Wednesday, April 19, 2017

Cobblestone appreciation post with bonus Olds

I found myself walking through the post apocalyptic wasteland of the soon to be developed Gowanus Canal when I found an equally war torn hooptie:
This is a 1993 Oldsmobile Cutlass Ciera in Medium Garnet Red Poly. My main reason for featuring this ride at all was the awesome setting. 
This is the same make and model the bad guys got as partial kidnapping payment in the movie Fargo (though theirs was an '87).
The Cutlass Ciera was introduced in 1982 and production continued through 1996. It was the top selling Oldsmobile during its entire run. Since the larger Cutlass was a massive hit for Olds they named most of their cars some derivative of the name. At one point in the '80s you could've bought a Cutlass Supreme, Cutlass Ciera, Cutlass Calais, and a Cutlass Cruiser (which was a wagon). They were available in front wheel drive, rear wheel drive, 2 door, 4 door, station wagon, and convertible.
This forlorn bucket is powered by a 3.3 liter Buick V6 good for a yawn-inducing 160 horsepower. Dig that typical-for-the-era paint job with the clear coat peeling off in sheets.
In heavy shadow this car looks perfectly normal. How many cobble stone streets remain in Brooklyn?
We're looking East towards Carrol Gardens in this pic. One day very soon this image will be an historical document with a location unrecognizable due to development.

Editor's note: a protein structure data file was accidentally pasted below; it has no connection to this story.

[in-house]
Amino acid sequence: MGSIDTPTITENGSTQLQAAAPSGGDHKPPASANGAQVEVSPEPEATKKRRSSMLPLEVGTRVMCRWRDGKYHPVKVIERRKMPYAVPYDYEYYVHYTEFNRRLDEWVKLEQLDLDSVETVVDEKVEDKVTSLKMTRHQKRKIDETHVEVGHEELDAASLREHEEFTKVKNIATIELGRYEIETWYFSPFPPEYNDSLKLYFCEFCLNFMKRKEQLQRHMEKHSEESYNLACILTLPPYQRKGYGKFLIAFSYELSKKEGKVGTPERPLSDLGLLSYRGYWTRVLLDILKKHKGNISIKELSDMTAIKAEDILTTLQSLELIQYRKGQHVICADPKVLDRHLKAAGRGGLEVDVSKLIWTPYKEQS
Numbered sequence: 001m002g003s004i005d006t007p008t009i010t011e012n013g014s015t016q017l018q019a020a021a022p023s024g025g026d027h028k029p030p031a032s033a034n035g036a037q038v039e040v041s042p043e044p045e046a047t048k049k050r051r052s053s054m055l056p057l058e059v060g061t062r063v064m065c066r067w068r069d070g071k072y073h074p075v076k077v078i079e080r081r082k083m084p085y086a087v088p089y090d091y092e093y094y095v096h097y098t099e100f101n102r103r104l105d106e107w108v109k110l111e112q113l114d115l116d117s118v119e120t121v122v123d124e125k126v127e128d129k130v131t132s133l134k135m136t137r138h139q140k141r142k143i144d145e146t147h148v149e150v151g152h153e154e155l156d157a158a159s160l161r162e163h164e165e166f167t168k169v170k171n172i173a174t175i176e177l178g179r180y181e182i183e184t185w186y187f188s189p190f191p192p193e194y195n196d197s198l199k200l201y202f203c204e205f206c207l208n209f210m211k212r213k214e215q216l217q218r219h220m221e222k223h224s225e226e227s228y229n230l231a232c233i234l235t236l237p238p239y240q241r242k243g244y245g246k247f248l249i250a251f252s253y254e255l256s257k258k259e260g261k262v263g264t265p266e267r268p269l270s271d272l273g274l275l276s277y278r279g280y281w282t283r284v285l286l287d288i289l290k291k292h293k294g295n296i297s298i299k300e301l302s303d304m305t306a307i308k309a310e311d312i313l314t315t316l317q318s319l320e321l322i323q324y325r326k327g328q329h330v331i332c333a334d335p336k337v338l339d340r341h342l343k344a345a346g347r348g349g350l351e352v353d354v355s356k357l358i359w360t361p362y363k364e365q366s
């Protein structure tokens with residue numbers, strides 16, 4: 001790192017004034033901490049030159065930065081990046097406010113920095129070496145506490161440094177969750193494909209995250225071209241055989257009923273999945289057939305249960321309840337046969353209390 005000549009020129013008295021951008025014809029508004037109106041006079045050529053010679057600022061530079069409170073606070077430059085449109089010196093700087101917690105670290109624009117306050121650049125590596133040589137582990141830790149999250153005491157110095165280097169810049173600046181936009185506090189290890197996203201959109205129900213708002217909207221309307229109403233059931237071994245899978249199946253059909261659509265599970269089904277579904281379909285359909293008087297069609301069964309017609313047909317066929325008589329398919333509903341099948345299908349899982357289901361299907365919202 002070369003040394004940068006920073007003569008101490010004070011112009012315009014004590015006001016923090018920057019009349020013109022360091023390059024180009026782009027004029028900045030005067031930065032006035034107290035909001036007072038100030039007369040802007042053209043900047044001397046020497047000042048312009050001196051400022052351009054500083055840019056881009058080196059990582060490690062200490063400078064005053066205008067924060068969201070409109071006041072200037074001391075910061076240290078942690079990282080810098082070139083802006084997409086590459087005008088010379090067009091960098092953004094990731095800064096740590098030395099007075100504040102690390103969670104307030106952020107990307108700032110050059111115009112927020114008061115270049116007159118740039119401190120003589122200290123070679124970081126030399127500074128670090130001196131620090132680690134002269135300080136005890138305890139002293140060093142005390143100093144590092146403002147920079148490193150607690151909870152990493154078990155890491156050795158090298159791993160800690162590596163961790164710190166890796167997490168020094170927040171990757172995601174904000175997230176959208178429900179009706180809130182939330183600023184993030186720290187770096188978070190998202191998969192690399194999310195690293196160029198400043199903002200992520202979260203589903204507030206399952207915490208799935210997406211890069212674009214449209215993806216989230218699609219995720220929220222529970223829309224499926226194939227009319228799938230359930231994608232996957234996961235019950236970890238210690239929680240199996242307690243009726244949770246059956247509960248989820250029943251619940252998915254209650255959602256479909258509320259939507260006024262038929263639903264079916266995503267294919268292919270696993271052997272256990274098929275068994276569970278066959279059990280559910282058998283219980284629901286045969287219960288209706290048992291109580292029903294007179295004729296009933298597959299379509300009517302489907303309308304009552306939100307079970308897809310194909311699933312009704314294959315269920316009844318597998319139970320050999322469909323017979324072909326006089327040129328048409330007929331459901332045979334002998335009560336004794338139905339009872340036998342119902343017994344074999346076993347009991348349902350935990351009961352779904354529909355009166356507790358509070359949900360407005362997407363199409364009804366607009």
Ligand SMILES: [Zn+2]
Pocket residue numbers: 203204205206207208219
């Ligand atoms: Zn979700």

These cars sold so well that GM didn't really want to change the design. The caveat was that they became known as the quintessential retirement car. Reliability was excellent as every little quirk had been worked out by the time this was built. 
Here is the interior which I would rate as perfectly adequate. If you have no need for excitement and just need transportation and comfort this car was made for you.
This side has seen all the action from dents and scrapes to a very dubious color matching with the touch up paint. 
I was killing a lovely afternoon walking each block that dead-ends at the Gowanus Canal when I saw this. The setting looks more like Detroit or Camden that modern day Brooklyn so I was taken with it. Most of the cobble stone (actually Belgian Block) streets of Dumbo have been sterilized; replaced with uniform paving stones meant to give the impression of the originals (they fail miserably at this). The Belgian granite stones that make up these few remaining holdouts came to NYC as ship ballast in the 1830s! To encounter them today is a rare treat. Viva Gowanus!

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